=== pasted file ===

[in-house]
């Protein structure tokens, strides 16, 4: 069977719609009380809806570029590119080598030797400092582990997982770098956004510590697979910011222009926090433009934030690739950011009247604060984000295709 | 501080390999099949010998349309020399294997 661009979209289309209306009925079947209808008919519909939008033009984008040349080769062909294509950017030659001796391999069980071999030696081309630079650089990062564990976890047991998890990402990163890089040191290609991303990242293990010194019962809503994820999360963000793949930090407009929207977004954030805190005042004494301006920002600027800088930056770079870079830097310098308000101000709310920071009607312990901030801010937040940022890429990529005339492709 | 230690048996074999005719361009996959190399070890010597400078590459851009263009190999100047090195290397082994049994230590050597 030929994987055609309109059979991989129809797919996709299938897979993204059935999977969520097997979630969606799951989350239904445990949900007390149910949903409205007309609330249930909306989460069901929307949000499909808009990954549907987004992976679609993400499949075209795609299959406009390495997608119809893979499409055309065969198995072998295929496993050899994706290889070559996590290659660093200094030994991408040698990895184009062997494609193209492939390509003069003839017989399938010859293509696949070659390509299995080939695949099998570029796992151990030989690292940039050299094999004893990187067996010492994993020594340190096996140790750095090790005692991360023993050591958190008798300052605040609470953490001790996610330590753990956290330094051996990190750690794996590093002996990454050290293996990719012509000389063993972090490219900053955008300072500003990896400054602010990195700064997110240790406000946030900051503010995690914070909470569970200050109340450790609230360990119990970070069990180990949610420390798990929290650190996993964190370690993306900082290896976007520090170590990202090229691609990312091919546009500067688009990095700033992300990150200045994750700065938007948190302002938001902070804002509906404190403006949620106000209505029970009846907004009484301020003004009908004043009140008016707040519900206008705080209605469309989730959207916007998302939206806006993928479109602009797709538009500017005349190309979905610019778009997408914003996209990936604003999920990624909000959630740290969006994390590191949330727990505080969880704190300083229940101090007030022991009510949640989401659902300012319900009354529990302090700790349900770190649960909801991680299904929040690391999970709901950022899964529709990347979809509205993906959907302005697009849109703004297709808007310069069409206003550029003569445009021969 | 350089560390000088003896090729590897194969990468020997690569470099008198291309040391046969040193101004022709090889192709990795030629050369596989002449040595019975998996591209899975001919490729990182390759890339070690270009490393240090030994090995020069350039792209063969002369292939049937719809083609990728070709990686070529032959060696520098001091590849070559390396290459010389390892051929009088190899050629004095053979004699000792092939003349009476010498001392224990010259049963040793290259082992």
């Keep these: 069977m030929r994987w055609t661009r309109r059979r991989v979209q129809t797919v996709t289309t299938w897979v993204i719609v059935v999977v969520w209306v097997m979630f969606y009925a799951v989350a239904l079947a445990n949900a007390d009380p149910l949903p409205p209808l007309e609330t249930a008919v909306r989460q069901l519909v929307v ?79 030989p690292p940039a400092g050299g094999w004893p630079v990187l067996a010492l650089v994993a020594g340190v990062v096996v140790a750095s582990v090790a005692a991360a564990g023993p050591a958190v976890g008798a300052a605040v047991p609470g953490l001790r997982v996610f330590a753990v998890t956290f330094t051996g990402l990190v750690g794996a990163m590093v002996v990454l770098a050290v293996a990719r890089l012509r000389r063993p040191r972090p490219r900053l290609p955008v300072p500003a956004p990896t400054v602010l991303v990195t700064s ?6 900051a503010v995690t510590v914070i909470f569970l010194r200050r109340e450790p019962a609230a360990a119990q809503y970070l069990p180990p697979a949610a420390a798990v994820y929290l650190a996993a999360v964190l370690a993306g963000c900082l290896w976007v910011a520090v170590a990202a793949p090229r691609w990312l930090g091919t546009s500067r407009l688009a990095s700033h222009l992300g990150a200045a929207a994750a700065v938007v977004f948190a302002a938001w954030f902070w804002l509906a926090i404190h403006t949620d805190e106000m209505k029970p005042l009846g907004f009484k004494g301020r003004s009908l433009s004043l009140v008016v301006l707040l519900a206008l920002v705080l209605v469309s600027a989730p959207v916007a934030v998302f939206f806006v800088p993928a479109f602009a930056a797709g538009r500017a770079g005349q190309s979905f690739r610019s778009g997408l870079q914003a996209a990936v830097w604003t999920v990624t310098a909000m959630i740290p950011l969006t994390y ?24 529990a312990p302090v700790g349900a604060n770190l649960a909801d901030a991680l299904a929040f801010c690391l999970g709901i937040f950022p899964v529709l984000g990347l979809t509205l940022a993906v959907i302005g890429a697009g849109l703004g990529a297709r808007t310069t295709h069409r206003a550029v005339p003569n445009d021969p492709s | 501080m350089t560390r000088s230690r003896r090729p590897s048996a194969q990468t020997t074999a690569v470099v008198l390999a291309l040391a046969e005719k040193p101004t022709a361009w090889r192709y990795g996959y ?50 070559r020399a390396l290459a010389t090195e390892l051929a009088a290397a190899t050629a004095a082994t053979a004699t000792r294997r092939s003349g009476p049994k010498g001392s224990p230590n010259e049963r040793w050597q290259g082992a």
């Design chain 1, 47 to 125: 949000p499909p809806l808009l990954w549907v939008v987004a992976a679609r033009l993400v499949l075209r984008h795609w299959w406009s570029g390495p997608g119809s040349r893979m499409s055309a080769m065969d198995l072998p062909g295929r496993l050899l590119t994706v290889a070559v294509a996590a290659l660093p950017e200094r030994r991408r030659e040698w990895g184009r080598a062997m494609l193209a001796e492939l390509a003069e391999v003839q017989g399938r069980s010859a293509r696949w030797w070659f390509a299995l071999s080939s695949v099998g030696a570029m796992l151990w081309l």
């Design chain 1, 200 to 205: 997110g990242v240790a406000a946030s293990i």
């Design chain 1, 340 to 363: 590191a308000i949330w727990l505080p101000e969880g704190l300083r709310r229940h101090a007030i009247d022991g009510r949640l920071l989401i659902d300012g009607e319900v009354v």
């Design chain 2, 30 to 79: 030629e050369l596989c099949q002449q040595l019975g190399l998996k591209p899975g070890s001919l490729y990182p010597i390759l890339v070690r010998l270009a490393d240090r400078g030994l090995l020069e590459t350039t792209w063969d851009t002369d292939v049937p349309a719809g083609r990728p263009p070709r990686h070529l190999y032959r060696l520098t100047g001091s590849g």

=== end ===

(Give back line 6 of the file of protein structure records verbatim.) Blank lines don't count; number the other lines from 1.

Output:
């Design chain 1, 340 to 363: 590191a308000i949330w727990l505080p101000e969880g704190l300083r709310r229940h101090a007030i009247d022991g009510r949640l920071l989401i659902d300012g009607e319900v009354v």